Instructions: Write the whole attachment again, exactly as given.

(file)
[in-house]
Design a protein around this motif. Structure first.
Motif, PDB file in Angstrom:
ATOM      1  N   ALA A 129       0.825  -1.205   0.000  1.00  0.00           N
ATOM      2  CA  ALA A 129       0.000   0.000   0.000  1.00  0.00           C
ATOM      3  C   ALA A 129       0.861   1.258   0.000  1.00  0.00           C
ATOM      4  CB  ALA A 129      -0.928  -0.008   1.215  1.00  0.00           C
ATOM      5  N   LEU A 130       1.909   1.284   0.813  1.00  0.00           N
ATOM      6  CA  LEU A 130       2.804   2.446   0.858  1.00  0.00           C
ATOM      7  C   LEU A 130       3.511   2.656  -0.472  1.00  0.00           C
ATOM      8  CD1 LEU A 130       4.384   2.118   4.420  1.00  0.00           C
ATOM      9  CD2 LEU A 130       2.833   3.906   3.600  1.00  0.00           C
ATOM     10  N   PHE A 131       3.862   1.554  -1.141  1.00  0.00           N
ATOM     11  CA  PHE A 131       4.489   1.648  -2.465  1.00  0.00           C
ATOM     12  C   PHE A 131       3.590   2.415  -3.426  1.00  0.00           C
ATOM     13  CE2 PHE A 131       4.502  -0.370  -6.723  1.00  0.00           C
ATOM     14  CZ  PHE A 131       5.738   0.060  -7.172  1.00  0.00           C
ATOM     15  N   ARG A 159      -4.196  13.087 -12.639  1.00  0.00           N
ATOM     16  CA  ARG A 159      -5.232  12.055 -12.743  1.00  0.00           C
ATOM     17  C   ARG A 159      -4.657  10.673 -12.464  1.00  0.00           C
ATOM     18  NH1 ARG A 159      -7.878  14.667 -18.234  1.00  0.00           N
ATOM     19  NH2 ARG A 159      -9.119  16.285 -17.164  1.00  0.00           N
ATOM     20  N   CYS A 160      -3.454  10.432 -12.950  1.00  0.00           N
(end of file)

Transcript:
[in-house]
Design a protein around this motif. Structure first.
Motif, PDB file in Angstrom:
ATOM      1  N   ALA A 129       0.825  -1.205   0.000  1.00  0.00           N
ATOM      2  CA  ALA A 129       0.000   0.000   0.000  1.00  0.00           C
ATOM      3  C   ALA A 129       0.861   1.258   0.000  1.00  0.00           C
ATOM      4  CB  ALA A 129      -0.928  -0.008   1.215  1.00  0.00           C
ATOM      5  N   LEU A 130       1.909   1.284   0.813  1.00  0.00           N
ATOM      6  CA  LEU A 130       2.804   2.446   0.858  1.00  0.00           C
ATOM      7  C   LEU A 130       3.511   2.656  -0.472  1.00  0.00           C
ATOM      8  CD1 LEU A 130       4.384   2.118   4.420  1.00  0.00           C
ATOM      9  CD2 LEU A 130       2.833   3.906   3.600  1.00  0.00           C
ATOM     10  N   PHE A 131       3.862   1.554  -1.141  1.00  0.00           N
ATOM     11  CA  PHE A 131       4.489   1.648  -2.465  1.00  0.00           C
ATOM     12  C   PHE A 131       3.590   2.415  -3.426  1.00  0.00           C
ATOM     13  CE2 PHE A 131       4.502  -0.370  -6.723  1.00  0.00           C
ATOM     14  CZ  PHE A 131       5.738   0.060  -7.172  1.00  0.00           C
ATOM     15  N   ARG A 159      -4.196  13.087 -12.639  1.00  0.00           N
ATOM     16  CA  ARG A 159      -5.232  12.055 -12.743  1.00  0.00           C
ATOM     17  C   ARG A 159      -4.657  10.673 -12.464  1.00  0.00           C
ATOM     18  NH1 ARG A 159      -7.878  14.667 -18.234  1.00  0.00           N
ATOM     19  NH2 ARG A 159      -9.119  16.285 -17.164  1.00  0.00           N
ATOM     20  N   CYS A 160      -3.454  10.432 -12.950  1.00  0.00           N